Inflation of balloons 6, 8 is accomplished by infusion of fluid through connectors 20 and 22, respectively, which communicate with the separate second and third lumens 64, 68. (The second lumen 64 extends longitudinally only to the point of the distal port 29; the third lumen 68 extends longitudinally only to the point of the access port 30.) Connector 16 allows access to the fourth lumen 66 in communication with the flushing ports 12 between the proximal and distal balloons on the catheter portion 10. Through the flushing ports, a lytic enzyme is passed for the purpose of dissolving thrombi. The fourth lumen 66 extends longitudinally only to the point of the most distal of the ports 12. The proximal 6 and distal 8 balloons are typically formed of a nondistensible thermoplastic material, e.g. polyolefin or polyester. In this way, the balloon will not exceed a predetermined diameter, usually that of the blood vessel under treatment. The balloons are held fast to the catheter 6 by couplings 34 at the proximal and distal ends. The couplings may, for example, be necked-down portions of the thermoplastic material, melt-bonded or sealably fixed to the catheter 4 using adhesive, as known. Radiopaque markers 33, which are part of or disposed upon the coupling 34, provide means for observing the position of the balloons radiographically.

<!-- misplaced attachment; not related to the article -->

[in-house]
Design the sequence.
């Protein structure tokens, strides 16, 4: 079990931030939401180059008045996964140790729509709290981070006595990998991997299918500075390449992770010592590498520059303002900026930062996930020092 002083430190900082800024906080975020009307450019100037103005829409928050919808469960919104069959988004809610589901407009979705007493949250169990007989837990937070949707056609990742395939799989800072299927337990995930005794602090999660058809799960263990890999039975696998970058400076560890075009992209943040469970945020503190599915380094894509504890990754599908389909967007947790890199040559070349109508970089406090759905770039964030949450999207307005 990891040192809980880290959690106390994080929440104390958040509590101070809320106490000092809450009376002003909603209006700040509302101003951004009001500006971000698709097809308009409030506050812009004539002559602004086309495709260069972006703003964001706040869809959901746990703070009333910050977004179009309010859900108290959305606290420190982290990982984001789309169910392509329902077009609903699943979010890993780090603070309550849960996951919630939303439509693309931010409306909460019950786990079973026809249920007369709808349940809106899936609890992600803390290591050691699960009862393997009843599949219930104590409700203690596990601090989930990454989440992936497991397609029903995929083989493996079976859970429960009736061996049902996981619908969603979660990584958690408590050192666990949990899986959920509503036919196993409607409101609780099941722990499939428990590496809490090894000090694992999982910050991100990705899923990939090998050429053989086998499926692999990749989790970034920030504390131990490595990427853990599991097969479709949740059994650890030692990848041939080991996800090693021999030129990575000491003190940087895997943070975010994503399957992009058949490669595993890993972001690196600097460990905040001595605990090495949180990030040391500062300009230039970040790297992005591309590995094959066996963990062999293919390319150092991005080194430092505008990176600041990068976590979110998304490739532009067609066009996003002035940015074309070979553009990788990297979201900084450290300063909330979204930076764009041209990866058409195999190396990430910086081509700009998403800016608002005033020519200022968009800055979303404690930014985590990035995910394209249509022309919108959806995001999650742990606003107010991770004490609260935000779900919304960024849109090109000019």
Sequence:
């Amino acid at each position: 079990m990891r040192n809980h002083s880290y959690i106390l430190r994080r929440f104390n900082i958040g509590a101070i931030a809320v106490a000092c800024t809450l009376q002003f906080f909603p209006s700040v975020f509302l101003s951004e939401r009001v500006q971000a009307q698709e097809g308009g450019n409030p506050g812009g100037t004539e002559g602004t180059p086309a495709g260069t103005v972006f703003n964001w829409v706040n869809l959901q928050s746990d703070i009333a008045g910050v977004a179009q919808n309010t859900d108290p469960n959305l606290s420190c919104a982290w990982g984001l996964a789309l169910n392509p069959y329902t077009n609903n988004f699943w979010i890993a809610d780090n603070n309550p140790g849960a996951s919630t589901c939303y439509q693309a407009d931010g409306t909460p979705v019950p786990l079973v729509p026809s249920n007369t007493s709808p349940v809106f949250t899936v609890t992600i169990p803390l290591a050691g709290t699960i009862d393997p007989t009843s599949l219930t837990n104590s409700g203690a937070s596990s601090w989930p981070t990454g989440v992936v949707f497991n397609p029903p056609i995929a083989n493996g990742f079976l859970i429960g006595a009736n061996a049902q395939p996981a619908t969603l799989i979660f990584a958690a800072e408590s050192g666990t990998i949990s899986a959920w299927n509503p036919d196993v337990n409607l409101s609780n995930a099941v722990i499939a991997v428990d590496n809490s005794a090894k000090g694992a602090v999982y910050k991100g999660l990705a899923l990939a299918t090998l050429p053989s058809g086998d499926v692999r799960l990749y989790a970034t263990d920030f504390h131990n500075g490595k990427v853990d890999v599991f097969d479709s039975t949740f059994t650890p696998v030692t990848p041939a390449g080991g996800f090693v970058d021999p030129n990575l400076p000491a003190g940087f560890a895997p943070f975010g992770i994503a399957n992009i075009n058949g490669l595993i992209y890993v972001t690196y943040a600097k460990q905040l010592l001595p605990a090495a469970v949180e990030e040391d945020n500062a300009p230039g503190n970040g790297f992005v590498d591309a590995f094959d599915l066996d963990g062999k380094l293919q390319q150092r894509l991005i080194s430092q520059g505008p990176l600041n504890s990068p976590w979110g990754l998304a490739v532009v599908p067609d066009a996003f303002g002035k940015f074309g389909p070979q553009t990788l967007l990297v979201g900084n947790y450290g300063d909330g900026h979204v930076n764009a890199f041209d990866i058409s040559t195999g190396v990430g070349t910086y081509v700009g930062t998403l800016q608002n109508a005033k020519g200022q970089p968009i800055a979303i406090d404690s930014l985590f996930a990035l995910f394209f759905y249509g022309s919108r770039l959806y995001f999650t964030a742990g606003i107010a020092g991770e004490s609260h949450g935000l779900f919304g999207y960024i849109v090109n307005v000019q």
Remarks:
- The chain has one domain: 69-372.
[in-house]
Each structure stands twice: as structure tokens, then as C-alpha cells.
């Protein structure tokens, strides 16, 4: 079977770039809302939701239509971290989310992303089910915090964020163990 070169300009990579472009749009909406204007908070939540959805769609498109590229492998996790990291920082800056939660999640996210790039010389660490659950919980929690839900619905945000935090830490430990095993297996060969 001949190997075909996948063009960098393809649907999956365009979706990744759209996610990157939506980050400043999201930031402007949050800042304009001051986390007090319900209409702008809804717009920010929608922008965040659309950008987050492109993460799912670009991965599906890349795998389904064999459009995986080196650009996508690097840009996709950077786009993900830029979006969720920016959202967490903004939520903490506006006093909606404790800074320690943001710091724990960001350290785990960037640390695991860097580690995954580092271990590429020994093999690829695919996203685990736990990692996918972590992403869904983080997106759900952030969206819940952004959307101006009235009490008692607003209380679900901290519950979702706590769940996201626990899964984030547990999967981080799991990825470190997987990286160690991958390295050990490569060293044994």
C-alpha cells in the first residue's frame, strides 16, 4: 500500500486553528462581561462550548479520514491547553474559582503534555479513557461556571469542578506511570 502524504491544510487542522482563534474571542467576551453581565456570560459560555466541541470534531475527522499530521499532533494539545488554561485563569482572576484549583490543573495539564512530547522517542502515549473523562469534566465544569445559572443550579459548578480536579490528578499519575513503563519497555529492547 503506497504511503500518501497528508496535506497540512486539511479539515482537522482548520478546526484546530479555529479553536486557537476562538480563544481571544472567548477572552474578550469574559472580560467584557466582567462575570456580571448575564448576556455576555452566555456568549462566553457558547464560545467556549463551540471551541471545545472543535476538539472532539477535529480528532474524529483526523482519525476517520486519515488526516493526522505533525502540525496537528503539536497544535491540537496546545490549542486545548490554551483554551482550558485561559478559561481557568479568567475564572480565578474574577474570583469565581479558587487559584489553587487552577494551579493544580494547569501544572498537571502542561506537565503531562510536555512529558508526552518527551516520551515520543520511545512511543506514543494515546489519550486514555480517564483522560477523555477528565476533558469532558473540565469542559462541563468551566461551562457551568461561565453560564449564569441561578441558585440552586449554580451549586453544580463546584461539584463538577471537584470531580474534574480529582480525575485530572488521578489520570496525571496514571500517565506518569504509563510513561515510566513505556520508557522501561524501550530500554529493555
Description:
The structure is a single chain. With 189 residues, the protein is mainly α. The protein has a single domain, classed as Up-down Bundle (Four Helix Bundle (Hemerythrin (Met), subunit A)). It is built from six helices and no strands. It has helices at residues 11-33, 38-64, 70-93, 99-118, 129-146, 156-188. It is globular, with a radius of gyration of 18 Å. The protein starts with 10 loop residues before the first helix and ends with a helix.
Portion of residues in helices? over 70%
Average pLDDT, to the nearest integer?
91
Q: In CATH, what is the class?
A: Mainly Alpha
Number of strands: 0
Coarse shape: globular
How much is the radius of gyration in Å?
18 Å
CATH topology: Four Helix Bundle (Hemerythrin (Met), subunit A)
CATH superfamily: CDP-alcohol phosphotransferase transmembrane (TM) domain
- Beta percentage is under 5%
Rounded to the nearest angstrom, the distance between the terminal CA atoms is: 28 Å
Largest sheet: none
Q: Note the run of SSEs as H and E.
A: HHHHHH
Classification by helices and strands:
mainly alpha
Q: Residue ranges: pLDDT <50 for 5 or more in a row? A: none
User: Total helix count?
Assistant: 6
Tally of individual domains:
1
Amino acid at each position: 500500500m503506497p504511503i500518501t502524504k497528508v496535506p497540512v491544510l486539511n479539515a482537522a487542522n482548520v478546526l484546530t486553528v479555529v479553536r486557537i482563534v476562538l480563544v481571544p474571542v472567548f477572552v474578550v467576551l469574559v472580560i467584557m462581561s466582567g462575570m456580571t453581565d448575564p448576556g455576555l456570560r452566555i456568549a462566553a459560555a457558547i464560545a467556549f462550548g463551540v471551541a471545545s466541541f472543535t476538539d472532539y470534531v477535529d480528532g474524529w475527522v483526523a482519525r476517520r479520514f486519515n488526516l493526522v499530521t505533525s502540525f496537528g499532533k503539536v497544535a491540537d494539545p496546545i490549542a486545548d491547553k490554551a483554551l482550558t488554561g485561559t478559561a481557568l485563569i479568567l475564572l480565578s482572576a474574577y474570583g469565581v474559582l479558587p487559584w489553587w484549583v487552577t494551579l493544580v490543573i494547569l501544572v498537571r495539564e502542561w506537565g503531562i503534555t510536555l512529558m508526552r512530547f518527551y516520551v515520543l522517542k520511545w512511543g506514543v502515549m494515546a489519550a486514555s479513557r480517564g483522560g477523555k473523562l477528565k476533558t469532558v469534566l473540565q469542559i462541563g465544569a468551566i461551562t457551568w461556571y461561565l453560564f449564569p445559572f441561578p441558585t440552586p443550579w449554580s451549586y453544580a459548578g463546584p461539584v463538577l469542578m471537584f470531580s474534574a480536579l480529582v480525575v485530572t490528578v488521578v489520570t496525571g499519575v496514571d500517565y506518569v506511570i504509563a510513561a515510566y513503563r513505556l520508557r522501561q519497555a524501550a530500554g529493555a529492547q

It is a feature of the balloons that, being nondistensible, the balloons inflate predictably to a uniform size. As will be disclosed further herein, at least one, preferably the distal balloon, is used for angioplasty purposes to break up occlusions prior to dissolving with a lytic enzyme. The balloon for use in angioplasty may be reinforced for added strength. Further, the use of two balloons spaced apart on a single catheter permits the region of thrombus or calcification to be isolated from blood flow after breaking up by angioplasty with a single balloon for the treatment of the afflicted area with a high concentration of enzyme, e.g., 10,000 times the concentration typically given intravenously in treatment of coronary thrombosis. The pressure of the enzyme between the balloons can be made less than that of the surrounding systemic pressure so that, in a case of leakage around the balloons, blood tends to flow into- the region of treatment, between the balloons, rather than the enzyme flowing into the bloodstream. This avoids high systemic concentration of the enzyme, which, as known, can cause internal bleeding. (With the segmented treatment, and in spite of the locally high concentration of enzyme, the total amount is small and will not harm the patient if released into the blood stream.)